“Ms. Knight, I have a few more questions for Dr. Andrews. Would you object to allowing Mr. Baldwin to recall him briefly?”

I object with every fiber of my being, Sarah thought. But she could tell Judge Tomlinson had taken Jordan’s testimony seriously, and she didn’t want to risk making him angry by saying no. “That’s fine, Your Honor.”

Percy Andrews slithered from the back of the courtroom and wrapped himself around the chair on the witness stand after being resworn.

“Dr. Andrews,” the judge began, “you’ve heard Dr. Stewart’s opinion. She believes medication alone will not restore the defendant. In Dr. Stewart’s opinion Alexa Reed needs counseling. Do you agree?”

“Not at all. A good drug like Lexapro will have Alexa Reed ready to assist her attorneys in her defense within two weeks. I’ve already said she’s faking mental illness to avoid being tried. She’s a very bright, clever young woman.”

Judge Tomlinson frowned. “I’m not seeing evidence of faking on this record.”

“That is my professional opinion,” Andrews insisted.

“Very well. I need a few minutes in chambers to look over the expert’s reports before I decide.”

Sarah watched Tomlinson’s round figure waddle off the bench. She and Jim stood up, and Jordan came from the spectator section of the courtroom to join them.

“I’m pleased he didn’t buy the ‘faking’ it line from Andrews,” Jordan said.

“I’m holding my breath.” Sarah was a taught as a wire.

“Whatever happens, I thought both of you did a great job,” Jim observed.

“Thanks,” Jordan smiled, but Sarah didn’t look at him. She was staring at the bench with a dazed look in her eyes as if she were reliving some horrible memory.

“Are you all right?” Jim asked.

“Of course.” She turned to him and smiled although he thought it was forced. “I’ve got to make a phone call. I’ll be out in the hall. If the judge comes back, let me know.”

“She’s letting this get to her,” Jordan remarked as Sarah vanished through the courtroom doors. “I’ve never seen her this worried about an outcome.”

“Were you involved when she did the Joey Menendez case?” Jim asked.

“No. Why do you ask?”

“She got a very big crime boss off. No one thought she had a chance in hell of succeeding.”

“And you’re thinking this is like Menendez?”

“Well, it’s certainly a case that looks hopeless on what we have now.”

* * *

Thirty minutes went by before Judge Tomlinson resumed the bench. Sarah had paced in the hallway the entire time, hoping against hope the delay meant a favorable ruling. Jim, who had remained in the courtroom, came to tell her the judge was ready to rule on Alexa’s competency to stand trial.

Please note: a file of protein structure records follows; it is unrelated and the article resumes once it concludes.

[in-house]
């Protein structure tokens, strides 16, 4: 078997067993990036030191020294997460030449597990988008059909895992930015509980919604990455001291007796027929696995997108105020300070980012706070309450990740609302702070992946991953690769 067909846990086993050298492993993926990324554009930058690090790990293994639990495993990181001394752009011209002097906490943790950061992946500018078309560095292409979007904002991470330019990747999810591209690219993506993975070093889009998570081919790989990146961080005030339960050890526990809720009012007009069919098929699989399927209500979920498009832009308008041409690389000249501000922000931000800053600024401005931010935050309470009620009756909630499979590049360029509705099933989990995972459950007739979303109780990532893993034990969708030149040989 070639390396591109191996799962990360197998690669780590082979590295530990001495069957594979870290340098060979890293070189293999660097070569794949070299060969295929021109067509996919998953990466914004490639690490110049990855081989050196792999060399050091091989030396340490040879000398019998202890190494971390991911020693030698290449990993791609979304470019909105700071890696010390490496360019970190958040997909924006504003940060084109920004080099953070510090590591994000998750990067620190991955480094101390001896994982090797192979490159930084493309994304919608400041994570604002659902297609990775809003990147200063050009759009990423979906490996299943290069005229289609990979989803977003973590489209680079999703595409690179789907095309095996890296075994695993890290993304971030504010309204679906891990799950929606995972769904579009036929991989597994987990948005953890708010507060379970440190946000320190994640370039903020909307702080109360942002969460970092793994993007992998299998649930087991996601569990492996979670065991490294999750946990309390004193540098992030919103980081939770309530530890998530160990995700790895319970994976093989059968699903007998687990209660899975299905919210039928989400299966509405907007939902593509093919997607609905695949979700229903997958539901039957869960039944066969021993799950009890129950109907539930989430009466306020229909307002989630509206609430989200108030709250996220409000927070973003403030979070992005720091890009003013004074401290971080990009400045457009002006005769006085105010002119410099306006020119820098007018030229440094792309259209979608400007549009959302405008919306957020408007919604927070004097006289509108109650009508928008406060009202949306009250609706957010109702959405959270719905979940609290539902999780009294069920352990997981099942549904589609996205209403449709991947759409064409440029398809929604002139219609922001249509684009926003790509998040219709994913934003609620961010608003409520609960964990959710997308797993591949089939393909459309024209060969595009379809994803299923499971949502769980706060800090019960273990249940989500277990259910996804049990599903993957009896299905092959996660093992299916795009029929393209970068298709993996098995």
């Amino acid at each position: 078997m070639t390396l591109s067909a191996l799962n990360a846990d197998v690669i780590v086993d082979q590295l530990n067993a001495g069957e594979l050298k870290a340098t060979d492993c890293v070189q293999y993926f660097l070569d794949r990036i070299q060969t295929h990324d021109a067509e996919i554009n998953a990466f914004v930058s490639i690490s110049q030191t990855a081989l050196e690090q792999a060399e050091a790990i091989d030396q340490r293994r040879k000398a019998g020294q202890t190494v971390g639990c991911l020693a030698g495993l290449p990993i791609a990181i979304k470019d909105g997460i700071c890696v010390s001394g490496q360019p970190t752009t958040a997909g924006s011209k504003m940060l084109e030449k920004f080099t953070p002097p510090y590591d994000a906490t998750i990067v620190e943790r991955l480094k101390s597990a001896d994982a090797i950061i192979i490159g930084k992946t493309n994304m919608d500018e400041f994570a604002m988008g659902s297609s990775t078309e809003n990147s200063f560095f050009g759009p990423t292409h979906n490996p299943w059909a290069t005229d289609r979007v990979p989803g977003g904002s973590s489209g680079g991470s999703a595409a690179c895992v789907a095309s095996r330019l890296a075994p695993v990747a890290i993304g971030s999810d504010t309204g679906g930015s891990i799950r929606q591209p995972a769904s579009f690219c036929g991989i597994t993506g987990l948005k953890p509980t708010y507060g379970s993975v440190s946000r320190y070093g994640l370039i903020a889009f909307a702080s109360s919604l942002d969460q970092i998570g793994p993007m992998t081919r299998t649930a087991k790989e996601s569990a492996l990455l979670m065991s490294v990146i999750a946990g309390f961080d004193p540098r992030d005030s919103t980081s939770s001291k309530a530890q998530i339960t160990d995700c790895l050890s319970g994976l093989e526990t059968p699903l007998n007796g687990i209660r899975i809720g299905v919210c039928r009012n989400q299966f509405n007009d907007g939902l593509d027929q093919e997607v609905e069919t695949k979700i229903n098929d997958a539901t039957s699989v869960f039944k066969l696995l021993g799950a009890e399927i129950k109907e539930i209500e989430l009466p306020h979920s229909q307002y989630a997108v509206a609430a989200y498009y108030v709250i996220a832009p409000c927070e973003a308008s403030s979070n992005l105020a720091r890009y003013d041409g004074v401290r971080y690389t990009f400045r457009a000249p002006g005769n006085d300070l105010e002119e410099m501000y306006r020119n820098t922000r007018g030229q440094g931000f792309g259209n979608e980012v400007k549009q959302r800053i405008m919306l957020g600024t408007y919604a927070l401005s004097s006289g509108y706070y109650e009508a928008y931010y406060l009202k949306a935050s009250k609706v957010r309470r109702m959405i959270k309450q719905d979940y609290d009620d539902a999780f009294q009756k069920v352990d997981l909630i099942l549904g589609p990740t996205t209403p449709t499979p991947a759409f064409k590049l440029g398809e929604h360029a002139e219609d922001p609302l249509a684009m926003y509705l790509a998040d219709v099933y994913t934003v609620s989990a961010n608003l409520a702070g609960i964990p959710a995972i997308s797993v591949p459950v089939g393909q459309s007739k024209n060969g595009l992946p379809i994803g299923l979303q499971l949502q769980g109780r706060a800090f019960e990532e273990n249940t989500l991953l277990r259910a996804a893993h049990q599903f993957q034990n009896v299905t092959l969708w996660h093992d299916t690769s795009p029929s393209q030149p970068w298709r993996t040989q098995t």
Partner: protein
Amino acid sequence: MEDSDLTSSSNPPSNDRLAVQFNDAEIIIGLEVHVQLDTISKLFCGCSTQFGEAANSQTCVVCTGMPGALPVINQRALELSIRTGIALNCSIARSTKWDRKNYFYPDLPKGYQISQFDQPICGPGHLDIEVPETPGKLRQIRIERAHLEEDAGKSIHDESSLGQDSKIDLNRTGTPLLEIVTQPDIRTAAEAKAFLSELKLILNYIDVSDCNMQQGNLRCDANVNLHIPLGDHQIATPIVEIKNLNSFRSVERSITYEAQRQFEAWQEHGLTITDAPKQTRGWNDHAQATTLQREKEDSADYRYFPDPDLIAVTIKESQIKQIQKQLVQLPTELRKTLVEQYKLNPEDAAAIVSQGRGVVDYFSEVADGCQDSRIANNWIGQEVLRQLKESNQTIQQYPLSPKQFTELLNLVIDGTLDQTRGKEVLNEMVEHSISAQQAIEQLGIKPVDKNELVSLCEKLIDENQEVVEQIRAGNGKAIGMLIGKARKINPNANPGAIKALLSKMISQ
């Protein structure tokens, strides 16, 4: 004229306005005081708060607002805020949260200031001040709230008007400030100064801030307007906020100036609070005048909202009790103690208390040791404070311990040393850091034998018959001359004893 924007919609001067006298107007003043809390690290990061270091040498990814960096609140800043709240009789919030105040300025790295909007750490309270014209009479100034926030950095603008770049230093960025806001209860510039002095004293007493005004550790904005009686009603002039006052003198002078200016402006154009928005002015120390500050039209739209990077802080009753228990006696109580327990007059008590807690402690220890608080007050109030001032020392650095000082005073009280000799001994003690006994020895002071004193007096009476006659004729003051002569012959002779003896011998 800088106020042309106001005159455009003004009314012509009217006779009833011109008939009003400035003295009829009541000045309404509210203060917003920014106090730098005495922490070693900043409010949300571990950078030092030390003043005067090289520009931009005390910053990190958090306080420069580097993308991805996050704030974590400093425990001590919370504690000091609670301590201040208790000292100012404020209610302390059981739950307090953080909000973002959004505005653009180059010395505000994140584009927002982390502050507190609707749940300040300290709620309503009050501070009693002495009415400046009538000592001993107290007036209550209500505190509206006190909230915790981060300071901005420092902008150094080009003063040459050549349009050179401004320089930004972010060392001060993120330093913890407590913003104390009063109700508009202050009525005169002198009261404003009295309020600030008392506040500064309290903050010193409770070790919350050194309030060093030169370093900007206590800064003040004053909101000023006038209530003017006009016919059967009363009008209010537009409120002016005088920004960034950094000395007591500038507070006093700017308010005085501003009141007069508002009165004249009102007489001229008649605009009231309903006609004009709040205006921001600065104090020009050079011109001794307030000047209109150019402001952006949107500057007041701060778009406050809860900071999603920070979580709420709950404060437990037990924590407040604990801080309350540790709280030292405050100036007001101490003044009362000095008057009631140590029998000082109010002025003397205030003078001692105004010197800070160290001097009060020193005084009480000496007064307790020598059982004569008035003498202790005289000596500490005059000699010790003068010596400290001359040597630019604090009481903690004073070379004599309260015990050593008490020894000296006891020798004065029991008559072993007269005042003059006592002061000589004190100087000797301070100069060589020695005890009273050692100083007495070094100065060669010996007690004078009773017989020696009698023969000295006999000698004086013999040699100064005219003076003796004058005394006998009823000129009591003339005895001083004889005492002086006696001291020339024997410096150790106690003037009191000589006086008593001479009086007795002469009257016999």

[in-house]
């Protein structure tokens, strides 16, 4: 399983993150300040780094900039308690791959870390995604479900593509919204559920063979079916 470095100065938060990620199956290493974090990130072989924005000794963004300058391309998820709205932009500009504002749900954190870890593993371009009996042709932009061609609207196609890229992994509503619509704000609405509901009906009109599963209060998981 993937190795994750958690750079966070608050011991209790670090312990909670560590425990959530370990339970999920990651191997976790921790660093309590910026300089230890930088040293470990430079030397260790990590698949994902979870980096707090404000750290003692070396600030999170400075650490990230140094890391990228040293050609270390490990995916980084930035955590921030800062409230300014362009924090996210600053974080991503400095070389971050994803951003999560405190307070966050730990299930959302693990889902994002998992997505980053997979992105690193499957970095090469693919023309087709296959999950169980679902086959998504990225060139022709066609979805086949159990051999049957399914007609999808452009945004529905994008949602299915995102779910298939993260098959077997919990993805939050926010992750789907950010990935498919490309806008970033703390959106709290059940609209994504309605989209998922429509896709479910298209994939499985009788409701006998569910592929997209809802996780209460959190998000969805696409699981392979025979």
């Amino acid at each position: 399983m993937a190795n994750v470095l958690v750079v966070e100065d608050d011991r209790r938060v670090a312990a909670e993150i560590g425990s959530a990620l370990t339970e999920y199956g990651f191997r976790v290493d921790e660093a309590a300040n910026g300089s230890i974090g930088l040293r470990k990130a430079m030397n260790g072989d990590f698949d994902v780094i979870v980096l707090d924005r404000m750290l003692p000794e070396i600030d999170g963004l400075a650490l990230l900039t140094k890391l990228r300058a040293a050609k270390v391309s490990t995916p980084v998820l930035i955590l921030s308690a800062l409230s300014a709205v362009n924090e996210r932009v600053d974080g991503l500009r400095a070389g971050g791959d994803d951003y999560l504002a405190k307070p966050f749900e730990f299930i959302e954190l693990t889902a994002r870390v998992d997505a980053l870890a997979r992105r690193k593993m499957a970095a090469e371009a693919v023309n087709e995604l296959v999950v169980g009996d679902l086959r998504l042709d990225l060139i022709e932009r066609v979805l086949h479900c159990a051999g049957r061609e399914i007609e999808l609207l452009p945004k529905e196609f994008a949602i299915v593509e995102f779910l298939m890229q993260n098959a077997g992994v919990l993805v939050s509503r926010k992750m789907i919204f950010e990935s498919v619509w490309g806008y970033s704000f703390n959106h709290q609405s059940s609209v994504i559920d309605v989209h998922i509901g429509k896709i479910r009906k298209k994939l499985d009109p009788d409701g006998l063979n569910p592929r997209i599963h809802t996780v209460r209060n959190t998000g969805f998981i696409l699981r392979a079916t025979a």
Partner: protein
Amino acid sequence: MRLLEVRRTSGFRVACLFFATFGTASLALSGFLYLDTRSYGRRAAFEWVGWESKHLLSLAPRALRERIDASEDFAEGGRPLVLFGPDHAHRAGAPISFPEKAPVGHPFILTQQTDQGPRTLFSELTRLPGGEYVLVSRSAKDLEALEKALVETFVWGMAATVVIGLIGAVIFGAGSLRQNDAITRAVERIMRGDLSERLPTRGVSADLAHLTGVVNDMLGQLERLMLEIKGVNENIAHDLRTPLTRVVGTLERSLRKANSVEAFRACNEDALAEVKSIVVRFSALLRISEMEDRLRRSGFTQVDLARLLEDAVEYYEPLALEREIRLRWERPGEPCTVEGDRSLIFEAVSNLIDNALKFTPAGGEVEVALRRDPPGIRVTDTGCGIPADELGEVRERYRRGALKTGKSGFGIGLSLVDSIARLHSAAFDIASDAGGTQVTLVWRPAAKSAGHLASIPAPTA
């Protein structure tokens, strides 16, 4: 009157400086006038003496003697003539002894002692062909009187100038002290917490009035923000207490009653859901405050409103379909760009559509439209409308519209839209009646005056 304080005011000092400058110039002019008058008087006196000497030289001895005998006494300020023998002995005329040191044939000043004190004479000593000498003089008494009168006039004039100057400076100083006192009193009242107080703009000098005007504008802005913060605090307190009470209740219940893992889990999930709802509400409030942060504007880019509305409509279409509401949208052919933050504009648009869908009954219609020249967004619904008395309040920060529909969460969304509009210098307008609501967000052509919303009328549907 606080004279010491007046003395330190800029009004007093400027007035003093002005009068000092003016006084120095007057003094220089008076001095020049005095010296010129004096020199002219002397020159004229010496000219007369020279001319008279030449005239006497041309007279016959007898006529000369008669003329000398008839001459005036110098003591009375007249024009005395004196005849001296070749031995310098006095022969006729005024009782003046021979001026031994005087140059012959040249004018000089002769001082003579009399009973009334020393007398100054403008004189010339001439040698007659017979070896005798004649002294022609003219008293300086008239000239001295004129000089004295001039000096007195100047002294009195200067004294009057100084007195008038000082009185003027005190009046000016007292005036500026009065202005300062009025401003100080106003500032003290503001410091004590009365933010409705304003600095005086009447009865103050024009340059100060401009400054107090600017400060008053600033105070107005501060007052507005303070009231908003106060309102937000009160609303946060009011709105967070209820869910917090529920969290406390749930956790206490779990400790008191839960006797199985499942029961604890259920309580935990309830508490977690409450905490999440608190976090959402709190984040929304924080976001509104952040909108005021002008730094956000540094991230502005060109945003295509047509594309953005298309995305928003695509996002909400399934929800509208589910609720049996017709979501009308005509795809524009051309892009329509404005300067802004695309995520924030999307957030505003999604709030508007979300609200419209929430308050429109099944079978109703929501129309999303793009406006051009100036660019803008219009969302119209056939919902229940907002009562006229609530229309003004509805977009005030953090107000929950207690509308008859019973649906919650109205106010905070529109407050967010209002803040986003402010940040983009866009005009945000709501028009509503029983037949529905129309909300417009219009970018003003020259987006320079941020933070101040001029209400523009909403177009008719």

“Everyone can sit down,” Judge Tomlinson said. “You don’t need to be standing as if the clerk were reading the jury’s verdict.”

Sarah was grateful to feel the chair under her. She was so nervous her legs were shaking.

“Your expert makes out a good case for hospitalizing Mrs. Reed.” The judge’s mild gray eyes met hers. “Whatever the truth is about the night of June 2, she suffered a significant trauma. And being separated from her children certainly has to be a factor in her breakdown.

“I think from a medical/psychological stand point, Dr. Stewart has the better recommendation. But the trouble is, the law isn’t asking what is best for Alexa Reed from a medical/psychological point of view. The law is asking how to make her able to assist in her defense and to understand the proceedings at trial. And from that point of view, Dr. Andrews’ opinion better answers the question. So I’m going to adopt Dr. Andrews’ recommendation and find that there is no less intrusive procedure.”

“Your Honor, I have a request,” Sarah spoke up.

“And that would be Ms. Knight?” His mild demeanor never changed even though it was clear she was going to challenge him.

“I want to take this up to the court of appeal on a writ.”

Again Judge Tomlinson was unphased. “I’m not surprised. You’ve very set against using these drugs on her, aren’t you?”

“She’s on trial for her life. It’s not fair to put her in front of a jury looking like a drugged-up zombie.”

The judge looked over his half-glasses at Percy Andrews, who was sitting next to Preston Baldwin at the prosecution’s table. “Do you agree the drugs will alter her demeanor?”

Sarah expected him to lie through his teeth and deny they would have any effect. To her surprise he didn’t. “I can’t say for sure, but patients on these meds do have a rather flat affect. They don’t seem to feel anything, and they can appear distant and detached. On the other hand, not every one of these medications has that effect on every patient.”

“Okay.” The judge looked back at Sarah. “Here is my ruling, Ms. Knight; and I’m taking into consideration your concerns. I’m going to order the jail psychiatrist to prescribe the appropriate medications for Mrs. Reed. We’ll have another hearing in thirty days to hear from Dr. Andrews to see if, in his opinion, she is competent to stand trial. And I will be happy to hear from Dr. Stewart, too, if you want to bring her back. That is my order.”

* * *

The woman with the beautiful face with the terrible scar and the man with the kind eyes had come to see her. They had been coming for many days, Alexa knew, and she thought there might even be a pattern to their visits. Maybe every other day or every two days. Floating in her protective bubble dissolved time, so she wasn’t sure.